Dictionary of National Biography, 1885-1900/Pain, James
PAIN, JAMES (1779?–1877), the younger, architect and builder, was son of James Pain, and grandson of William Pain [q. v.] Born about 1779 at Isleworth, Middlesex, he was apprenticed with a younger brother, George Richard Pain (1793?–1838), who was born in London about 1793, to John Nash [q. v.], architect, and subsequently the two brothers entered into business together as architects and builders. George exhibited at the Royal Academy designs in the Gothic style in 1810–14, while living at 1 Diana Place, Fitzroy Square. About 1817, when Nash designed Loughcooter Castle, co. Galway, for Charles Vereker, viscount Gort, he recommended the brothers as builders. They consequently went to Ireland. James settled at Limerick and George at Cork. While practising as architects they often carried their own designs into execution. James was appointed architect to the board of first-fruits for the province of Munster, where a large number of churches and glebe-houses were built, altered, or repaired by him and his brother. Their churches of Buttevant, Midleton, and Carrigaline, with a tower and spire, are among the best specimens of the Gothic architecture of the period. The mansion, Mitchelstown Castle, near Cork, for the Earl of Kingston, is the largest and perhaps the best of their designs; it is in the late thirteenth-century style. An engraving appears in Neale's ‘Seats of Noblemen and Gentlemen,’ 4to, 1825, 2nd ser. vol. ii.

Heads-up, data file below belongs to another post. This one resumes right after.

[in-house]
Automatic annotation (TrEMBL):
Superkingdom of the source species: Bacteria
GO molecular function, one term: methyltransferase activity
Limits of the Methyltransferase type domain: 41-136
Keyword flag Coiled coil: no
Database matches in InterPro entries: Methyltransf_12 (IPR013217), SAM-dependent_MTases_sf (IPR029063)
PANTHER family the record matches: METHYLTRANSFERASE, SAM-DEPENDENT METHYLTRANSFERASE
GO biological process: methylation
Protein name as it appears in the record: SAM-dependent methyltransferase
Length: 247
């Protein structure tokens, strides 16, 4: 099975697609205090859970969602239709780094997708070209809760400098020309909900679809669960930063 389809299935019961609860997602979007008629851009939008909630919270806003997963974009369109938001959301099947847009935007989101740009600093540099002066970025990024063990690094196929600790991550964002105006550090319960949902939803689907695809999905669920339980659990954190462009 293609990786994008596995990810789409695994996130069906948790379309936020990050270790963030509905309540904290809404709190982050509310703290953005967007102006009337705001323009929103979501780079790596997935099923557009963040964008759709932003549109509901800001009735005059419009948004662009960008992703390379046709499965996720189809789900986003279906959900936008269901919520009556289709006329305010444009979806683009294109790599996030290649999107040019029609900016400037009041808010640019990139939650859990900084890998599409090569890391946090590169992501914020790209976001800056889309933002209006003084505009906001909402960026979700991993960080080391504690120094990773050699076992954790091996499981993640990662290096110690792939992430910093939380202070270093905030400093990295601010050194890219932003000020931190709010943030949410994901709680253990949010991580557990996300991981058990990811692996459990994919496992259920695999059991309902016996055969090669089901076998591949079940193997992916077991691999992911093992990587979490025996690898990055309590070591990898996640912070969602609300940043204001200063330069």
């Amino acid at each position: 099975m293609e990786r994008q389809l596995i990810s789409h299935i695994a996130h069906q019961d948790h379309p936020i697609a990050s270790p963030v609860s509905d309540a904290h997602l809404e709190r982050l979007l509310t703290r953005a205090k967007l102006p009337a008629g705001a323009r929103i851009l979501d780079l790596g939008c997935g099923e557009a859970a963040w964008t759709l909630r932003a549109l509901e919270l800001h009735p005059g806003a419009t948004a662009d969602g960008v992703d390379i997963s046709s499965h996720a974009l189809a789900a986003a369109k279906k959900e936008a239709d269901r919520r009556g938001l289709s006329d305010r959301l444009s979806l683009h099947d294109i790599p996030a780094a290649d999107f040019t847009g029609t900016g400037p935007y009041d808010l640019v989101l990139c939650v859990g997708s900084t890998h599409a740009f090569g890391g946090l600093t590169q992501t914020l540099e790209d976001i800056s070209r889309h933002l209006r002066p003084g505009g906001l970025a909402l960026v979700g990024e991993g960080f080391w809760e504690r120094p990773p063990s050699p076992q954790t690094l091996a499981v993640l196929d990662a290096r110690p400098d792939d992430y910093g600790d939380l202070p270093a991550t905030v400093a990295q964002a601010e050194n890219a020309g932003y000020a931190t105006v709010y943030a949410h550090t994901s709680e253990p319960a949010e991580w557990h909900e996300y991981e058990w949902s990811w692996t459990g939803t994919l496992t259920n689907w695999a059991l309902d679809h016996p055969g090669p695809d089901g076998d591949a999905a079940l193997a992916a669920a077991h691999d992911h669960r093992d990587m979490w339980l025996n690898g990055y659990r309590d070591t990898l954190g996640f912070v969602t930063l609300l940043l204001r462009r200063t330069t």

Others of their works were the gaols at Limerick and Cork; Bael's, Ball's, or Bawl's bridge, consisting of one arch, over the abbey stream at Limerick (1831); Thomond bridge, over the river Shannon at Limerick, between 1839 and 1843; and Athlunkard bridge, about a mile distant, consisting of five large elliptic arches.
George died in 1838, aged 45, and was buried in the churchyard of St. Mary, Shandon, co. Waterford. James retired, and died in Limerick on 13 Dec. 1877, in his ninety-eighth year, and was buried at the cathedral of that city.[Neale (as above); local information; Dictionary of Architecture of the Architectural Publication Society, which adds the names of many other buildings.]